The output using your example is this error:

CUDA error at bodysystemcuda_impl.h:183 code=30(cudaErrorUnknown) "cudaGraphicsGLRegisterBuffer(&m_pGRes[i], m_pbo[i], cudaGraphicsMapFlagsNone)"

I have looked and looked and nothing. Have you ever faced a similar problem?

Posted on 2018-12-08 01:17:07
Donald Kinghorn

Hi Pines, That's interesting and it's an obvious thing to want to do! ... but I haven't tried it. ... Oh wait , I have too sort of. It's not so much an X problem as it is a openGL problem. It can be a real pain to get GL working remotely. You have to have it setup on your local X server. I don't remember how to do it but that will get you on the right track. GL has to execute on your machine ... First thing to do is get something like glxgears working

Posted on 2018-12-10 17:00:39
Alex

Hey Donald,

Thanks for the awesome article.
I'm actually facing an error running the second make command (after I installed freeglut3-dev) which seems like:

make: /usr/local/cuda-10.0/bin/nvcc: Command not found
Makefile:304: recipe for target 'bodysystemcuda.o' failed
make: *** [bodysystemcuda.o] Error 127

Although when I run "nvcc" in the container shell it founds the executable.

I'm using Ubuntu18.

Thanks in advance,
AlexZ

Posted on 2019-06-11 13:16:27
Donald Kinghorn

Hi Alex, first this post is pretty old :-) however, really, this stuff should still work. I was thinking about this a couple of days ago, I haven't done this X binding for ages!

... let me check something ... OK, found the problem. The latest nvidia/cuda container image is at cuda 10.1 The Makefile that you have in the samples is configured for 10.0 You could get a newer copy of the cuda samples and try that ... I edited the nbody Makefile in the 10.0 samples that I had and changed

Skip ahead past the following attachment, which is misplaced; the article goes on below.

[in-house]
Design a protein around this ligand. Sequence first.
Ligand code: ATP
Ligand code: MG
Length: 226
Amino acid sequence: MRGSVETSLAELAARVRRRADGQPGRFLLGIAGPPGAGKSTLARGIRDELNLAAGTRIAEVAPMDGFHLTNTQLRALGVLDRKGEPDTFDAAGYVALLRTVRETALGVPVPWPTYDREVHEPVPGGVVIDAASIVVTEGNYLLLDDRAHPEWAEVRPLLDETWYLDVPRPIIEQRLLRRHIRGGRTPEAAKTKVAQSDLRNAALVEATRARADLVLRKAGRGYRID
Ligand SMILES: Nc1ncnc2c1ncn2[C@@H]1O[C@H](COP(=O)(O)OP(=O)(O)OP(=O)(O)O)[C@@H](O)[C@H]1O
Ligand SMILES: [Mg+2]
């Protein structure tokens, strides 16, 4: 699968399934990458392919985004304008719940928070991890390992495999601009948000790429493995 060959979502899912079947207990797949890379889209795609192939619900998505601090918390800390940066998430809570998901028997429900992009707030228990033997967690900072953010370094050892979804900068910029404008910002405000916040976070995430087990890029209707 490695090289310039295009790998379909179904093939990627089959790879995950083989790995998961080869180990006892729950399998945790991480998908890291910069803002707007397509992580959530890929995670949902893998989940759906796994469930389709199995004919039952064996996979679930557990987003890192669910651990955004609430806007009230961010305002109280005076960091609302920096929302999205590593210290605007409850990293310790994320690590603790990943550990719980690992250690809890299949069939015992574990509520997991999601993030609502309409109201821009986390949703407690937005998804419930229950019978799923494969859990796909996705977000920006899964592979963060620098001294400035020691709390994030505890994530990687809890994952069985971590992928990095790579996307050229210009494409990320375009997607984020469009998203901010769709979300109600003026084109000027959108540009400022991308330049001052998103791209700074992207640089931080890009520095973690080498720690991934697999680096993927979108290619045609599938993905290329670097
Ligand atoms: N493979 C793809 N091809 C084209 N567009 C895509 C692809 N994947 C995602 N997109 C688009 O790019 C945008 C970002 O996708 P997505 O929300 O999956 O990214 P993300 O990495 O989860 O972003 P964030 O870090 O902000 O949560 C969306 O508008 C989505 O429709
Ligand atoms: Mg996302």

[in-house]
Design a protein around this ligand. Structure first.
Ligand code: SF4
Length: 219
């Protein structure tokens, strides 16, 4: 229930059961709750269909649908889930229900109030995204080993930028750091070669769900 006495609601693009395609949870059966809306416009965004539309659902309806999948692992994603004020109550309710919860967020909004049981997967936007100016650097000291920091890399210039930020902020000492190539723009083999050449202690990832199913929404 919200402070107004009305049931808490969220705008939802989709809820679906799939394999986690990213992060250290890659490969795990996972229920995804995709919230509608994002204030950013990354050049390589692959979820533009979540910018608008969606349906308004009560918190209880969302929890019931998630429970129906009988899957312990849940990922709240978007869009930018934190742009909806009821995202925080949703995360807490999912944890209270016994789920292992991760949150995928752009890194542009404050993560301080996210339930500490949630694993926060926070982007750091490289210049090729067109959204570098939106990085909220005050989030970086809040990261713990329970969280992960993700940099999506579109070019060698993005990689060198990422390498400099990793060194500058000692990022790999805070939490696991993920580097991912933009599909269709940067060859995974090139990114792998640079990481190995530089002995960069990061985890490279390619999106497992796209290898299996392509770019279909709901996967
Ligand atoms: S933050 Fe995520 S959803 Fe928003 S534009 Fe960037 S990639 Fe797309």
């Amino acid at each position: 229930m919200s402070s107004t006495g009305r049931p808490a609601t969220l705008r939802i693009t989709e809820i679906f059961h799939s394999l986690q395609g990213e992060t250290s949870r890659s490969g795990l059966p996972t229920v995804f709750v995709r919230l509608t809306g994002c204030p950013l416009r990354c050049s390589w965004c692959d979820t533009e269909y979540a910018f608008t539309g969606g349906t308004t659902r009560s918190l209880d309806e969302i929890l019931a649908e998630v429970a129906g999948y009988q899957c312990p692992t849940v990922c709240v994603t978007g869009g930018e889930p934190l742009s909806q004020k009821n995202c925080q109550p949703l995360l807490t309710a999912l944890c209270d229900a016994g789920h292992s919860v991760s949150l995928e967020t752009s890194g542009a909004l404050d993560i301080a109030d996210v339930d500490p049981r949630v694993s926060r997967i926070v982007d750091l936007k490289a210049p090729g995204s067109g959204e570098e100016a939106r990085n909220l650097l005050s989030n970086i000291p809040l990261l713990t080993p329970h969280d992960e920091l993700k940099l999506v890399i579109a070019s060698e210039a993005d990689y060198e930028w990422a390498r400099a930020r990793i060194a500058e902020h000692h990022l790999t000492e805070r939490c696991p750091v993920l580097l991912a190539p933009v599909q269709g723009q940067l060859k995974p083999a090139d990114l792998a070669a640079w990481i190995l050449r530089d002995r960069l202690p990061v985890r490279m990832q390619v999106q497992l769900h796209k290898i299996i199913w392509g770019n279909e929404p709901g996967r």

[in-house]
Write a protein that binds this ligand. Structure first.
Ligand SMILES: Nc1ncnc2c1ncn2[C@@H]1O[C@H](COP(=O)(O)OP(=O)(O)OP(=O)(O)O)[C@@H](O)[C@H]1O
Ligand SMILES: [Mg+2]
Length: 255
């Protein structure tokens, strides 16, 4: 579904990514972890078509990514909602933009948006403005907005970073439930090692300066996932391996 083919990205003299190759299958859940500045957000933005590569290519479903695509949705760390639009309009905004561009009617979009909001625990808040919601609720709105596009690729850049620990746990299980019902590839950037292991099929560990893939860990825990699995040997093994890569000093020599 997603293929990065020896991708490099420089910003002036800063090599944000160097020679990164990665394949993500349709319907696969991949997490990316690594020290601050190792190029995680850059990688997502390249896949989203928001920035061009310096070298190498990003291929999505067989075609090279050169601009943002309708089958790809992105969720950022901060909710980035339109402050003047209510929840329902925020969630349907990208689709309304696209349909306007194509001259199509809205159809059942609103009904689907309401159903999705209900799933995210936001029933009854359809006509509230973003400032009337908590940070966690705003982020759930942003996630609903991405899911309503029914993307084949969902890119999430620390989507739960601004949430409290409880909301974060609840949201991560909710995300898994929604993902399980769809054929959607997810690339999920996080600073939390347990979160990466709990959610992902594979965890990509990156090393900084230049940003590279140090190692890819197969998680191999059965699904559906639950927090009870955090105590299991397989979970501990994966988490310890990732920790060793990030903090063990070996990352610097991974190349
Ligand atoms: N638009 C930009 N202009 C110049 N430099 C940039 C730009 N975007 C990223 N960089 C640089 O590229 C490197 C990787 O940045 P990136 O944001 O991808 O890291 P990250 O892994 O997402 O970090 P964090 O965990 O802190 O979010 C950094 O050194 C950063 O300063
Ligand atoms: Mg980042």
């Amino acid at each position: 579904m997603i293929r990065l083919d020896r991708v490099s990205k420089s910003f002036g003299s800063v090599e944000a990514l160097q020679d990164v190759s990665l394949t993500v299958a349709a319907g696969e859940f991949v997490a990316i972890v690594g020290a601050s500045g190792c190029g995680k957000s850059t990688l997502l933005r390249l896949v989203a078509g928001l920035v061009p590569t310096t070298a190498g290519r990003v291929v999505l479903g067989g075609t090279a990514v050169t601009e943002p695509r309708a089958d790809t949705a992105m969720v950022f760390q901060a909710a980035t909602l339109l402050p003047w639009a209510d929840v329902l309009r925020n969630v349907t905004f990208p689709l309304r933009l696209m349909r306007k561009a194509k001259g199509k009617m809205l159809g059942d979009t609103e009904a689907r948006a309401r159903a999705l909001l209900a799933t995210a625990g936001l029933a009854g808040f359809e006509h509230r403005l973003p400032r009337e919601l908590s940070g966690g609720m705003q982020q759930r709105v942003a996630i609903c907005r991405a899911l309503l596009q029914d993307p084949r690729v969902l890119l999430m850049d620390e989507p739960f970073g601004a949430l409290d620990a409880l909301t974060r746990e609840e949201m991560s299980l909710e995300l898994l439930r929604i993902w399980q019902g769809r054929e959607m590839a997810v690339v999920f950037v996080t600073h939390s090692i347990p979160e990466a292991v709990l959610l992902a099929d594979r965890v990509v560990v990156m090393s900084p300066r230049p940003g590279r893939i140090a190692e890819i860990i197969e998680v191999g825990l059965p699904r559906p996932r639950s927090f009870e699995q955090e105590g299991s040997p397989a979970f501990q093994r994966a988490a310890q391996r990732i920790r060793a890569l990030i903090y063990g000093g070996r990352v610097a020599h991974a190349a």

CUDA_PATH ?= /usr/local/cuda-10.0 to just /usr/local/cuda The code built with the 10.1 nvcc. It ran fine with nbody --benchmark but when I tried it with the GL display if dumped a bunch of openGL errors.

I think the first thing to try ti to get a copy of the cuda samples for 10.1 and try that

... let me try something else ... I tried using the tag :10.0-devel that also built the code OK but failed to run with GL errors.

I'm on Ubuntu 19.04 with the latest nvidia driver, I may be seeing a versioning problem or just one of those annoying openGL problems.

This should get you on the right track but if you hit the GL errors that I did it may be a pain to fix

Posted on 2019-06-12 21:41:56
twyeld

Hi again Donald - I am making good progress. I am able to get this running using CUDA 10.1 in Ubuntu 19.04 but not inside a docker container. Even after installing the missing glut dependencies I get the following errors:

root@c70027bab98c:/cuda8/nbody/cuda8/nbody# make
/usr/local/cuda/bin/nvcc -ccbin g++ -I../../common/inc -m64 -ftz=true -gencode arch=compute_30,code=sm_30 -gencode arch=compute_35,code=sm_35 -gencode arch=compute_37,code=sm_37 -gencode arch=compute_50,code=sm_50 -gencode arch=compute_52,code=sm_52 -gencode arch=compute_60,code=sm_60 -gencode arch=compute_61,code=sm_61 -gencode arch=compute_70,code=sm_70 -gencode arch=compute_75,code=sm_75 -gencode arch=compute_75,code=compute_75 -o bodysystemcuda.o -c bodysystemcuda.cu
bodysystemcuda.cu:12:10: fatal error: helper_cuda.h: No such file or directory
#include <helper_cuda.h>

it can't find <helper_cuda.h> but as below shows, it is clearly in the make folder.

root@c70027bab98c:/cuda8/nbody/cuda8/nbody# ls